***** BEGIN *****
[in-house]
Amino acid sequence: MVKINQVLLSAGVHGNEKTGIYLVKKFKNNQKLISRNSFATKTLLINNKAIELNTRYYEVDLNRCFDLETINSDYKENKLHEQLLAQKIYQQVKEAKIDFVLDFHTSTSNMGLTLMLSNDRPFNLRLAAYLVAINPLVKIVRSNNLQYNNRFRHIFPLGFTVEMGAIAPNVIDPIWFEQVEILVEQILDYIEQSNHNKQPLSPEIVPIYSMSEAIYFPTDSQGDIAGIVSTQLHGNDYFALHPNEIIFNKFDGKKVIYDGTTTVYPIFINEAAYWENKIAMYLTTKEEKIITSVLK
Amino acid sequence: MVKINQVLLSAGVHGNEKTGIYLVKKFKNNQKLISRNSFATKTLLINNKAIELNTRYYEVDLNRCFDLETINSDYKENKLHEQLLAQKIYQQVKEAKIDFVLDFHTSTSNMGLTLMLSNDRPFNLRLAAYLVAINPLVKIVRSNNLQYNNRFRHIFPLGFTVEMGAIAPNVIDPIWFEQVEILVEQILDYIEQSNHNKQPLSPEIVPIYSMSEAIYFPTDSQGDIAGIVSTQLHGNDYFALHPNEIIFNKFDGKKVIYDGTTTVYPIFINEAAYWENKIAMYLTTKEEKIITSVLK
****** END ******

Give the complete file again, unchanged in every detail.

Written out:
[in-house]
Amino acid sequence: MVKINQVLLSAGVHGNEKTGIYLVKKFKNNQKLISRNSFATKTLLINNKAIELNTRYYEVDLNRCFDLETINSDYKENKLHEQLLAQKIYQQVKEAKIDFVLDFHTSTSNMGLTLMLSNDRPFNLRLAAYLVAINPLVKIVRSNNLQYNNRFRHIFPLGFTVEMGAIAPNVIDPIWFEQVEILVEQILDYIEQSNHNKQPLSPEIVPIYSMSEAIYFPTDSQGDIAGIVSTQLHGNDYFALHPNEIIFNKFDGKKVIYDGTTTVYPIFINEAAYWENKIAMYLTTKEEKIITSVLK
Amino acid sequence: MVKINQVLLSAGVHGNEKTGIYLVKKFKNNQKLISRNSFATKTLLINNKAIELNTRYYEVDLNRCFDLETINSDYKENKLHEQLLAQKIYQQVKEAKIDFVLDFHTSTSNMGLTLMLSNDRPFNLRLAAYLVAINPLVKIVRSNNLQYNNRFRHIFPLGFTVEMGAIAPNVIDPIWFEQVEILVEQILDYIEQSNHNKQPLSPEIVPIYSMSEAIYFPTDSQGDIAGIVSTQLHGNDYFALHPNEIIFNKFDGKKVIYDGTTTVYPIFINEAAYWENKIAMYLTTKEEKIITSVLK